April 1, 1915
Received by James Padgett
I am here, a man who has lost his soul and can't find it.
What would I not give to have it again, and so be able to receive the love that you write about. But I lost it and no one can help me find it. I have tried and sought for it everywhere, but it has left me, and I am a spirit without a soul, only my poor inefficient mind remains with me, and such happiness as I can conjure up by thinking of what might have been or what might be, if I had a soul.
Tell me, can you help me find it? If so, please do so, and I will bless you forever. I am in a condition of not knowing whether I am living, or only dreaming, or dead. As I seem to be alive, I wonder who and what I am; as I dream, I see that I am a son of God; and as a dead man, I know nothing. But I don't know what I am, and no one will tell me.
You are to me a very real man with a soul, as I can see, but I have no soul. Tell me where to find it, for I must have it. I lost it in trying to find that my intellect was the only thing in all the spirit world that is real, and where I thought that I had found that to be true my soul had left me, and I can't find it. Oh, tell me where it is, and I will never lose it again.
You must know something about it, for the other spirits say that you help to save souls, and if you can do that, you surely can find a lost one. Why don't you tell me where to find it, and not keep me in this condition of not knowing whether I am living or dead? Come, be kind to me, and find my soul. It will not run away from you, as you will treat it kindly, I know. Your soul will know, if you will only ask it, and when it tells you, you can find mine.
I am neither spirit nor mortal nor anything created by God until I get my soul again. My mind is nothing but an abstract nothing without my soul, and I have no love or happiness. Oh, if I had only cared for my soul instead of for my mind, how different I would be now, and I would not be a wanderer looking for his lost soul.
I was a man of great intellect when on earth, and lived in the City of New York, and passed over in 1864, a much honored man. I was a lawyer, and well-known to my immediate community, and I died a mere man without a soul. So, you see, I am so lonely without my soul and love. I was not a very bad man, and did not barter my soul for filthy lucre, but I thought that soul was a myth, and mind was everything; and when I passed over and found that I needed a soul, I could not find mine, and have never had it since. Tell me, I pray, where it is, and I will thank you through all eternity. Won't you tell me?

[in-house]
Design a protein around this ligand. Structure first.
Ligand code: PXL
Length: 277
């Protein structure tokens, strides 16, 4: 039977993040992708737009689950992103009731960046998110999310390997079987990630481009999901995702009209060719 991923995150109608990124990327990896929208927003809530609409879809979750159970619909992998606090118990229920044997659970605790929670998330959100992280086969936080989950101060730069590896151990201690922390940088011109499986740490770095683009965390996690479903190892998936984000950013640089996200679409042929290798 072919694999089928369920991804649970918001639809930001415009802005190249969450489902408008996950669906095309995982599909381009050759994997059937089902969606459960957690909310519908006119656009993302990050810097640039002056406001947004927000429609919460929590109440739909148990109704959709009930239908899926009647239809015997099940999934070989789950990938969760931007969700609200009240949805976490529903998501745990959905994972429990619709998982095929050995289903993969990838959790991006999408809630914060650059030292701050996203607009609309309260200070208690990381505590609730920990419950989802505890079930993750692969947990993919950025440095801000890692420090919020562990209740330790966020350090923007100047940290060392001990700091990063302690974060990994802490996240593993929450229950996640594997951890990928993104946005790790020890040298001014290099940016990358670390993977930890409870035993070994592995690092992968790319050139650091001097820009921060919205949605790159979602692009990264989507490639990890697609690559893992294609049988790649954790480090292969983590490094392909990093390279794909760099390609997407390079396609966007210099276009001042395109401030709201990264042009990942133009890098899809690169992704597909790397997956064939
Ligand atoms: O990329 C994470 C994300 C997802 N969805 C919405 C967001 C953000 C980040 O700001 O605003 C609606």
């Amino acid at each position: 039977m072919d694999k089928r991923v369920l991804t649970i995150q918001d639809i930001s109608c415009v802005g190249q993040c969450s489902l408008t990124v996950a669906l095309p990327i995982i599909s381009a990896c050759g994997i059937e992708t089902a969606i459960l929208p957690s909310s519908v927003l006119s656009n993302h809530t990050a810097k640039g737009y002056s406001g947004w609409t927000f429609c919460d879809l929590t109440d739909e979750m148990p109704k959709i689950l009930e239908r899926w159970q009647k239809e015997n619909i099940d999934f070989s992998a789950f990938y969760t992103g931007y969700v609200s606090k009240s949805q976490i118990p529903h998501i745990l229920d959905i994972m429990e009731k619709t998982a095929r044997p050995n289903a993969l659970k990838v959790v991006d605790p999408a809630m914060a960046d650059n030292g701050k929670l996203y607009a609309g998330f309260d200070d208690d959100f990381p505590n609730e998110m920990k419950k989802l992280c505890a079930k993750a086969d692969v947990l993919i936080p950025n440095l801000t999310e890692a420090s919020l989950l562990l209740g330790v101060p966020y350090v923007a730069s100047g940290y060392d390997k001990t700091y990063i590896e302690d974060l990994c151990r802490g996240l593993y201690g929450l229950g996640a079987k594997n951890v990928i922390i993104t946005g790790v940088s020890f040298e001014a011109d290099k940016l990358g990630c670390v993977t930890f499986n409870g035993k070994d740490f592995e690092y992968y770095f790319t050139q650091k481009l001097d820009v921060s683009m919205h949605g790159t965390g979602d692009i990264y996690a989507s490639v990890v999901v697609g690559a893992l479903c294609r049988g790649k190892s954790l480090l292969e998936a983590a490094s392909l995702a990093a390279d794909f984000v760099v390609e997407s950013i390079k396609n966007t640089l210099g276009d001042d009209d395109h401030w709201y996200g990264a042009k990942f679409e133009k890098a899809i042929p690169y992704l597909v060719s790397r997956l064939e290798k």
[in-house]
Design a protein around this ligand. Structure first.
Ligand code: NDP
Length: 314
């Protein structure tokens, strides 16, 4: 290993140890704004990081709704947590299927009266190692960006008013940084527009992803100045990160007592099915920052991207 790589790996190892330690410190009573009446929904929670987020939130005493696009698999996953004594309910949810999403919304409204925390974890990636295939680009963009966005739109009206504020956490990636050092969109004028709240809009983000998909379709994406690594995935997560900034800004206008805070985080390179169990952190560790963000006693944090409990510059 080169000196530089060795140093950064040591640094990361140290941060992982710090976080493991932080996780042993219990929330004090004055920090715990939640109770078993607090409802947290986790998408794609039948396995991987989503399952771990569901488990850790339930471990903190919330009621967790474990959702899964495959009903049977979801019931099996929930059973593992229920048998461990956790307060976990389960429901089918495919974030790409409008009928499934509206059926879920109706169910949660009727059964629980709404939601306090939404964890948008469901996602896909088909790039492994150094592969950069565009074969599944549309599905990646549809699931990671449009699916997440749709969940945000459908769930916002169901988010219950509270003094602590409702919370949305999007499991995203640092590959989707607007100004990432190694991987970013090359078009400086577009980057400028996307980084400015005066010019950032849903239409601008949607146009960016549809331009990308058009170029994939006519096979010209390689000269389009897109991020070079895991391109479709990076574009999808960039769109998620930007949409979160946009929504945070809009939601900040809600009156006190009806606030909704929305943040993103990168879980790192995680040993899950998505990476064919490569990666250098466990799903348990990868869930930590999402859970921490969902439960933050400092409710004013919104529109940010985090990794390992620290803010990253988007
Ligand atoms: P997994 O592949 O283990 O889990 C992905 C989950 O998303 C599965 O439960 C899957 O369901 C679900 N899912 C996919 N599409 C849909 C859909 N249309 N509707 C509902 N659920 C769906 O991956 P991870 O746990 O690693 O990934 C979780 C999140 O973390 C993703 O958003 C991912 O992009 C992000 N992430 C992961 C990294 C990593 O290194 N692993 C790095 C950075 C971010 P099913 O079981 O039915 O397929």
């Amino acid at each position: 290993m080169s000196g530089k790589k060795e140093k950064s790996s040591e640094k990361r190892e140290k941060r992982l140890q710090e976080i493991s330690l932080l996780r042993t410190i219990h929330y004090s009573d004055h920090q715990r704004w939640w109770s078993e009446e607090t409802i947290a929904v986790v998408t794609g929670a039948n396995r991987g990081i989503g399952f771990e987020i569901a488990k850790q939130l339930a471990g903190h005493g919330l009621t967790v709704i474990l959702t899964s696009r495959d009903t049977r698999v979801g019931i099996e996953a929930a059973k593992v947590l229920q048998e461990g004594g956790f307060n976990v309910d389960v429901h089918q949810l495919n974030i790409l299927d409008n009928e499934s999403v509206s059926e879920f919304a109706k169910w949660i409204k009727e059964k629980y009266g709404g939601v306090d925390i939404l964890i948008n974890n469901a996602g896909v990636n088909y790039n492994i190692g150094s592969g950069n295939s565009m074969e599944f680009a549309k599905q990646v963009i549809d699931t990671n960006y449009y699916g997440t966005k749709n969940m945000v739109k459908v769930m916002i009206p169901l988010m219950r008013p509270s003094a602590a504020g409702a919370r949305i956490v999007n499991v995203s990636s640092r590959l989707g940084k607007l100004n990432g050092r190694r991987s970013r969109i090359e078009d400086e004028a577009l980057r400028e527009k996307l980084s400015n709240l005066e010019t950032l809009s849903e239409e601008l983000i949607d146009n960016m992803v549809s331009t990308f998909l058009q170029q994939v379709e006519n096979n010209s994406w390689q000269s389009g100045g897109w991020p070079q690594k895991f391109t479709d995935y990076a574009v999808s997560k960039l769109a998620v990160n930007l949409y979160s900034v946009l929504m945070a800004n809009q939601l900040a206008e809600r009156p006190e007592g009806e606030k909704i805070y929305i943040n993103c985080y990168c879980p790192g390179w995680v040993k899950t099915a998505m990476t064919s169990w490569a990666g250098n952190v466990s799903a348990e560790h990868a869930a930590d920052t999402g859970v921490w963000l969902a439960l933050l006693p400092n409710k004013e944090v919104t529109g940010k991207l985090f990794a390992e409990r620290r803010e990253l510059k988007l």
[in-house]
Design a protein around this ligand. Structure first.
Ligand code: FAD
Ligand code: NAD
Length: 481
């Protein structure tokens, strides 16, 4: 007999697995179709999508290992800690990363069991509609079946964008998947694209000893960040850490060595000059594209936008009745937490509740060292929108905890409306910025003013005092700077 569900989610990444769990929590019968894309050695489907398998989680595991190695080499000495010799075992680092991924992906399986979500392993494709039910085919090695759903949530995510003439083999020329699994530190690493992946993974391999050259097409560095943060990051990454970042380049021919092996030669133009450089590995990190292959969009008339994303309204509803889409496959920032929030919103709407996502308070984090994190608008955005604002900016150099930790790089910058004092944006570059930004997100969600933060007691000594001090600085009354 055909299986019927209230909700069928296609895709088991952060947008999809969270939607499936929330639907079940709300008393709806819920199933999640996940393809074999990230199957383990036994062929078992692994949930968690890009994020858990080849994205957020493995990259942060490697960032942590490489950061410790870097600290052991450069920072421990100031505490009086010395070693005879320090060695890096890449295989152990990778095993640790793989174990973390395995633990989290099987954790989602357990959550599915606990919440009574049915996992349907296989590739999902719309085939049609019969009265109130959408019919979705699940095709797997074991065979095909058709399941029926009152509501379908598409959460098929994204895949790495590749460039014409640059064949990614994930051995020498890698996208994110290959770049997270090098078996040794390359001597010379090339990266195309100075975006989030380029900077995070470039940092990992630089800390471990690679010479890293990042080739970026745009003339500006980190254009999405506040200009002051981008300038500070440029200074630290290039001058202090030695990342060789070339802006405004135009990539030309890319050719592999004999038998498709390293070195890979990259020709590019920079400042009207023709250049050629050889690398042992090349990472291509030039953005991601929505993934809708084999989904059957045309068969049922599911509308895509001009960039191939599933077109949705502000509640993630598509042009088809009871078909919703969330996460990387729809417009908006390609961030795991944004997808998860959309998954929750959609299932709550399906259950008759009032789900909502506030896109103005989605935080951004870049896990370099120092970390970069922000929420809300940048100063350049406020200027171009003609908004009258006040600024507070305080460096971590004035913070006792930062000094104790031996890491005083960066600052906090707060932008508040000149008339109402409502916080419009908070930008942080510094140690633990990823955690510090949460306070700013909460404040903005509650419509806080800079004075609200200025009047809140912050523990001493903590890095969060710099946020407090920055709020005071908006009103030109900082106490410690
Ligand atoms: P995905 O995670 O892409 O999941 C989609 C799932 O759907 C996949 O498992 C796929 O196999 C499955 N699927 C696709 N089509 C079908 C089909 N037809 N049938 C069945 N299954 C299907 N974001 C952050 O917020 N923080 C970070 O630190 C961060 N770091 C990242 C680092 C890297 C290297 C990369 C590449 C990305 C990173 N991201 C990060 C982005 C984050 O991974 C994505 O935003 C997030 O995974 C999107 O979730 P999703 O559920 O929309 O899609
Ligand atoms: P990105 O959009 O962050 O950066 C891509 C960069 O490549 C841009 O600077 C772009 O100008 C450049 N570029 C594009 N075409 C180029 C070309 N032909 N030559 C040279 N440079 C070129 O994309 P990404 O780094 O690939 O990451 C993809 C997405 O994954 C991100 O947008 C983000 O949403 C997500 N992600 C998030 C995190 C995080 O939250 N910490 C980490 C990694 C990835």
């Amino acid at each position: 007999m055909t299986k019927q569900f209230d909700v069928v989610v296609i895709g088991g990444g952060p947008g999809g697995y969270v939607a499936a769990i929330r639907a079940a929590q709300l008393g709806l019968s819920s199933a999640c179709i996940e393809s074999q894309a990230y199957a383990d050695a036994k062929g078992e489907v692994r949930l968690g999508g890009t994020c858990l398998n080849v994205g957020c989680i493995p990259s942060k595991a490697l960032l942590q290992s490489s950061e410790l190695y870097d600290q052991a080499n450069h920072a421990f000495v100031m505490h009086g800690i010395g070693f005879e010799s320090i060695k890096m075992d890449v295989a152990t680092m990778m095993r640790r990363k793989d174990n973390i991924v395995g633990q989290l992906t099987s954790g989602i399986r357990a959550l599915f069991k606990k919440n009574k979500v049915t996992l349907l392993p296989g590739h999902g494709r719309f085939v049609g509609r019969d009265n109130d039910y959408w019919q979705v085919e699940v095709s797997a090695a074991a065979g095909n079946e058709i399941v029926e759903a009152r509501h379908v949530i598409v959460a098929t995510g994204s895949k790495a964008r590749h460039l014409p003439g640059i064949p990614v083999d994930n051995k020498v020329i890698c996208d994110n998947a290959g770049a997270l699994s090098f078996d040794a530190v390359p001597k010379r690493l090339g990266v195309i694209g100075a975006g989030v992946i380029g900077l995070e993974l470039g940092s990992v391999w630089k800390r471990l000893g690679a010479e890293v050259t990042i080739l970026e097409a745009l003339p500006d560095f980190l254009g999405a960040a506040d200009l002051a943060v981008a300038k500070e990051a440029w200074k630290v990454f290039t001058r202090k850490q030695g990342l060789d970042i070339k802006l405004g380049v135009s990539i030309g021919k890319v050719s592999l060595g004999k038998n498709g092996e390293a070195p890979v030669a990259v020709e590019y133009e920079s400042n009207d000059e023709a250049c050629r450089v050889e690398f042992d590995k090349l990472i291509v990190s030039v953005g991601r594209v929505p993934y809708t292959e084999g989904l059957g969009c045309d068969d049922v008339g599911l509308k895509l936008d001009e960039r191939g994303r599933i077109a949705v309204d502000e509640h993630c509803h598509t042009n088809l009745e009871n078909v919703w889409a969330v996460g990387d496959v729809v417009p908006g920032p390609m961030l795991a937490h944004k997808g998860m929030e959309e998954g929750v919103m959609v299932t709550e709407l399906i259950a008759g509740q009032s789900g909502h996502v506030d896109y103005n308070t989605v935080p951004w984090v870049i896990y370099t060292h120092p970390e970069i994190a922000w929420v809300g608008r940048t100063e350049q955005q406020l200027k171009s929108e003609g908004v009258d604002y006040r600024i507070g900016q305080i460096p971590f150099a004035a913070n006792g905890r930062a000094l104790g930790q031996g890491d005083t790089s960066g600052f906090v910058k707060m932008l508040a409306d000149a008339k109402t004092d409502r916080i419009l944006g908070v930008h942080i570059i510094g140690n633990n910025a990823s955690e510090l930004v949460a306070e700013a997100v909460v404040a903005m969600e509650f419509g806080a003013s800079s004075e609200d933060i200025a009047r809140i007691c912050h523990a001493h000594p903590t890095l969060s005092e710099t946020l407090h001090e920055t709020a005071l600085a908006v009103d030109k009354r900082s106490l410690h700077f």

Yes, I will do anything that you say that will help me get it.
I know that I had a soul because, before I had given my years of hard study to make my intellect the great thing that it became, I loved, and felt sympathy for the unfortunate and poor, and especially loved children. And I know that if I had not had a soul, I would not have had these feelings and emotions. But after I became a man of great mind, I may say with only a mind, none of these feelings ever came to me - only the knowledge that I had a powerful intellect. My soul died and never has come to me since.
Yes, only tell me quickly that I may commence the search.
Yes, I see many beautiful spirits who look very happy. Yes, she says that she is your grandmother and how beautiful she is. Yes, I will go with her and do as you say and try to believe what she may tell me. Yes, I certainly will and, oh, if I do, how I shall thank you. Your grandmother calls me, and I must go.
Helen Writes a Short Note that She has Never Been in Contact With a Lost Soul
April 1, 1915
Received by James Padgett
I am here, Helen.
Well, sweetheart, you have heard a great many messages, but none like the last one. I have not before come in contact with a man who has lost his soul and don't know just what it means. I am so glad that you sent him to your grandmother, for she, I believe, knows what he means. Well, I will not write more tonight as it is late and you are tired.
So with all my love, I am your own true